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Charlie Papazian Reminisces on 35 Years of GABF

The founder of Great American Beer Festival talks to 5280 about how the event has grown from humble beginnings. 

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Thirty-five years ago, a relatively unknown Charlie Papazian—home-brewing enthusiast and founder of the Association of Brewers (now the Brewers Association)—changed the country’s beer culture forever when he hosted the first Great American Beer Festival in Colorado. Only 20 breweries poured at the first GABF in 1982, and Papazian and his team were still trying to sell tickets the day of the festival. Today, a ticket to the fest is highly sought after, with the event generally selling out within hours and bringing roughly 60,000 attendees to the Denver area for three beer-soaked days each fall. Today, Papazian is a craft beer celebrity. As the author of The Complete Joy of Home Brewing, he’s widely credited as the father of home brewing. And at GABF, you can often find him generously accepting requests for photos and doling out his signature fist bump to event attendees.

We caught up with Papazian to take a walk down memory lane and get a sneak peek into the 35th year of the Great American Beer Festival, which takes place October 6–8.

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5280: What inspired you to start the Great American Beer Festival.

Charlie Papazian: I had traveled to England in 1981 to go to the Great British Beer Festival, which I had been invited to judge. When I walked into the hall, I was kind of awestruck with the concept of a national festival to celebrate beer. So I brought up the idea of doing a Great American Beer Festival. There were only 40 breweries in the whole country at that time. I pursued the idea with some friends and we figured out how to find the unique beers from the few breweries that existed. We started in 1981, and the whole thing came to fruition in 1982.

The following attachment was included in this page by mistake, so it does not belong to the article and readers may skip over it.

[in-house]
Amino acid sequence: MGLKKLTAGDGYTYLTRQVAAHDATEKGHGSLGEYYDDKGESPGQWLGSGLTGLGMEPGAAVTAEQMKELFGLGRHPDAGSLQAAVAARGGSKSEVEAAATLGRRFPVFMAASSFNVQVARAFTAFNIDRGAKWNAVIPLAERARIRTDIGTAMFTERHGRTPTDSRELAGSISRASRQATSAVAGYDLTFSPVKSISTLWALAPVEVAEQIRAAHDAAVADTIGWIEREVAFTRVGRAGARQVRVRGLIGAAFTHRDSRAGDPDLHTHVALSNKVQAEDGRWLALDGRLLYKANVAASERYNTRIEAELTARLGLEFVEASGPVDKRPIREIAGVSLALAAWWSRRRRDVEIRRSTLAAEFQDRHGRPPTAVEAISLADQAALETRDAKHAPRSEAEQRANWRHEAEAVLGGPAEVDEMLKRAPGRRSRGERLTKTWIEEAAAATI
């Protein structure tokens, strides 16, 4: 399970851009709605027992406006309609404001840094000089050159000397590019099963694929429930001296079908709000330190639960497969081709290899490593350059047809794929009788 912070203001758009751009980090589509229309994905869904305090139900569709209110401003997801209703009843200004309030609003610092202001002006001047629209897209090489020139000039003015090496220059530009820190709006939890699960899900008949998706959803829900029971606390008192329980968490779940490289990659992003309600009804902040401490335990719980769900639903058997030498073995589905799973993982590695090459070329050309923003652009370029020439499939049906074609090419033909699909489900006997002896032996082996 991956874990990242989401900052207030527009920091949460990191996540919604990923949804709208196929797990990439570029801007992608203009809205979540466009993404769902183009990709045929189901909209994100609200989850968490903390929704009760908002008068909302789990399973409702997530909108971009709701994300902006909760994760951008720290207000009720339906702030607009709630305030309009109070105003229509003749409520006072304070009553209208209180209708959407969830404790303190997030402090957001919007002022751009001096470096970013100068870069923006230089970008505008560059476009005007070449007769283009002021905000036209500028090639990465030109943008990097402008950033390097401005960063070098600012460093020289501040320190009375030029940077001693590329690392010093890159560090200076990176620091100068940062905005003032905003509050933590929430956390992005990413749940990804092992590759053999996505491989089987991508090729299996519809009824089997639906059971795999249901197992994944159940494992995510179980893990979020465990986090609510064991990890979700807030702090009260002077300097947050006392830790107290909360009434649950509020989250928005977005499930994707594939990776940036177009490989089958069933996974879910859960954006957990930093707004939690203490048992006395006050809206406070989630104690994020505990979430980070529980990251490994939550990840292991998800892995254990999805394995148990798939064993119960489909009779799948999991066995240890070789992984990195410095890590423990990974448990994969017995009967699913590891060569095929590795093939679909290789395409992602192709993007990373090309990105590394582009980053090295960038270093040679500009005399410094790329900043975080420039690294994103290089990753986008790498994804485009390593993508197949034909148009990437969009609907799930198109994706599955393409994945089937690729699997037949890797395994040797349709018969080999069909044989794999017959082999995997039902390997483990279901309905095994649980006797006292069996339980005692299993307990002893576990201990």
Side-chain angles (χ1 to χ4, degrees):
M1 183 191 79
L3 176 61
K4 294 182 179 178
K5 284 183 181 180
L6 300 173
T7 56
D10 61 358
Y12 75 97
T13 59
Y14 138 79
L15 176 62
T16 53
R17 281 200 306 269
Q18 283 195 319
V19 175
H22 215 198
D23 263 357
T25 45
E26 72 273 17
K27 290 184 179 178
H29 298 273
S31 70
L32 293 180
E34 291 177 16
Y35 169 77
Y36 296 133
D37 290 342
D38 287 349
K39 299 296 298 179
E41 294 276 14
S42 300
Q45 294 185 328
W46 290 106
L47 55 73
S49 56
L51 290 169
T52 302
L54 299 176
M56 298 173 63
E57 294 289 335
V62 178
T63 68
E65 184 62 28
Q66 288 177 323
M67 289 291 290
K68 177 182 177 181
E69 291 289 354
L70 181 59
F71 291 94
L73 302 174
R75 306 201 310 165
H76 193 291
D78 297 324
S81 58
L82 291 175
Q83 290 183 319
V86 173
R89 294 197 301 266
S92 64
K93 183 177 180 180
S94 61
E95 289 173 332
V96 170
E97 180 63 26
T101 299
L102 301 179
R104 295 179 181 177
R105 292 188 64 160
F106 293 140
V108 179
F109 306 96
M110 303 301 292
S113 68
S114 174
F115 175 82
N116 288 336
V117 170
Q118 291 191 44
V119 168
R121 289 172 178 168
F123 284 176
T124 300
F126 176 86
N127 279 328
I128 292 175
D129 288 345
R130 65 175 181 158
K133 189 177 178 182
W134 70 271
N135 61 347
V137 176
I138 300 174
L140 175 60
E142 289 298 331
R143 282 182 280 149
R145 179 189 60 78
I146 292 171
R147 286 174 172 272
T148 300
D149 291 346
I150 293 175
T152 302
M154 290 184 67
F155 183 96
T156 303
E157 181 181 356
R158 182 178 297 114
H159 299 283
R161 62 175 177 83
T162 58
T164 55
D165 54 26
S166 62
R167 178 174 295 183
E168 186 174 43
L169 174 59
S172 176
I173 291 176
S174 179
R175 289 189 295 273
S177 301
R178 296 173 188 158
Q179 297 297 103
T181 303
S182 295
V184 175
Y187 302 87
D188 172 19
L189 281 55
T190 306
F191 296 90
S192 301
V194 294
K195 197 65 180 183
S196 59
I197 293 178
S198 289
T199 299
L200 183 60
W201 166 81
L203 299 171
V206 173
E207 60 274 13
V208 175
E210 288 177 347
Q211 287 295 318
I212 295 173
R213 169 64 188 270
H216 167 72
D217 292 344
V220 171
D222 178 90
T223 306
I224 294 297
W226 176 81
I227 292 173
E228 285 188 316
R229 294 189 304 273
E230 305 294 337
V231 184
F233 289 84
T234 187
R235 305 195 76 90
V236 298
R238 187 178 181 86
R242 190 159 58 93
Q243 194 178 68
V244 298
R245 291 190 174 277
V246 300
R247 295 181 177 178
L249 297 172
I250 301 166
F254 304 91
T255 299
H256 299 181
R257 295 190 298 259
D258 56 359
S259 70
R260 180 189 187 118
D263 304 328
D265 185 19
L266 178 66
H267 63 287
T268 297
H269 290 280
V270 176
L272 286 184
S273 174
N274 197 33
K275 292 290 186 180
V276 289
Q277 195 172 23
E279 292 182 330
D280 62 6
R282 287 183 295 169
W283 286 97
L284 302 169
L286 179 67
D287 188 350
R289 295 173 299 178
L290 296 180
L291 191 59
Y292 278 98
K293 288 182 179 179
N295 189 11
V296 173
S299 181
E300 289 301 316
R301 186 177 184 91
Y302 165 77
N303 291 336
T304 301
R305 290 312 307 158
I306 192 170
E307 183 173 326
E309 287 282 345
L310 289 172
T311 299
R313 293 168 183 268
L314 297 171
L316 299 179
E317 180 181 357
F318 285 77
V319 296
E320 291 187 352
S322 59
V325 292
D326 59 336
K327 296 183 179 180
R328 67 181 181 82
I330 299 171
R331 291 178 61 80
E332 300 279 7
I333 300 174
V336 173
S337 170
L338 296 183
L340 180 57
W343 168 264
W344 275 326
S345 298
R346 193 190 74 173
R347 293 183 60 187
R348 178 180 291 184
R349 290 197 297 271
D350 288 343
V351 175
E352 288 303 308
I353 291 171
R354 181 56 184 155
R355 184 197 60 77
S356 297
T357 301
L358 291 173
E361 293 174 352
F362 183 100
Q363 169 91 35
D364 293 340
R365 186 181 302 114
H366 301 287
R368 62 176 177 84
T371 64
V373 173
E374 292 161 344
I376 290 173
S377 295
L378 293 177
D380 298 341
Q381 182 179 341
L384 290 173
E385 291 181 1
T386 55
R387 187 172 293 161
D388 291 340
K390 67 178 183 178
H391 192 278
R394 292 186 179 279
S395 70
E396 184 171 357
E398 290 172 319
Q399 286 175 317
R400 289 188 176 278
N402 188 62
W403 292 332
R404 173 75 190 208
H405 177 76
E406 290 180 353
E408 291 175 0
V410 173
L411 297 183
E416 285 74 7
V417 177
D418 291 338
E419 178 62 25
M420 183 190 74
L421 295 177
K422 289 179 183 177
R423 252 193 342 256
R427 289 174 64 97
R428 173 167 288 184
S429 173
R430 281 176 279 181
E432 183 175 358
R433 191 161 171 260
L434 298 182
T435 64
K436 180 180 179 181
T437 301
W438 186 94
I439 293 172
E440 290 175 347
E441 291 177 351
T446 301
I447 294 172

What was year one of the festival like?

There were only 20 breweries the first year and only four microbreweries. We had about 800 attendees, and we were still selling tickets the day of. We never really sold out in those early days. It was a one-day event on June 4, 1982 in Boulder. To get the beer here, there was a beer importer and distributor based in the Boulder/Denver area who had a trucking company. He volunteered to drive his truck to pick up beer in different parts of the country. There was only one truck run. It started somewhere in the New Jersey area, and somehow we got the beer here. It was supposed to be here two weeks before the festival, but it got here the day before. We were kind of on pins and needles that first year.

How has the GABF changed in the past 35 years?

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The logistical aspects of the event have changed. The security, the number of beers, the thousands of volunteers—that all has changed. What hasn’t changed is the spirit of adventure that the festival presents to the people who come. Yes it’s a festival about beer, and the culture of craft beer in particular, but what does change is that we present the festival in our current year. We move the culture of the beer festival along with the culture of beer in America. We have GABF apps and entertaining things that are of interest today. We always try to make the event fresh while still focusing on the beers.

What is your favorite part of the festival?

It’s always exciting on Thursday when the doors first open. The electricity in the room is always a favorite of mine. It’s fun to wander the hall and discover things and people that I’ve never heard about, or I’ve heard about and never met. Things happen in a good way, and you meet the people, the beers, and the breweries that you’re supposed to meet. It’s always a great experience. I also love finding beers and beer styles that I’ve never had before, and innovative approaches to brewing.

What beer trends and 35-year celebration nods should attendees be on the look out for at this year’s fest?

I’m pretty certain that there will soon be a successful trend of really flavorful, yet refreshing lagers, whether they’re European style or have American accents, from light or pale to golden or amber lagers that are not so high in alcohol content—somewhere less than six percent. And hoppy lagers, as well. I think that trend will be huge. And there will be some displays and exhibits in the BeerX:Craftbeer.com Experience Booth in the Meet the Brewers area, where we’ll have memorabilia from past beer festivals.

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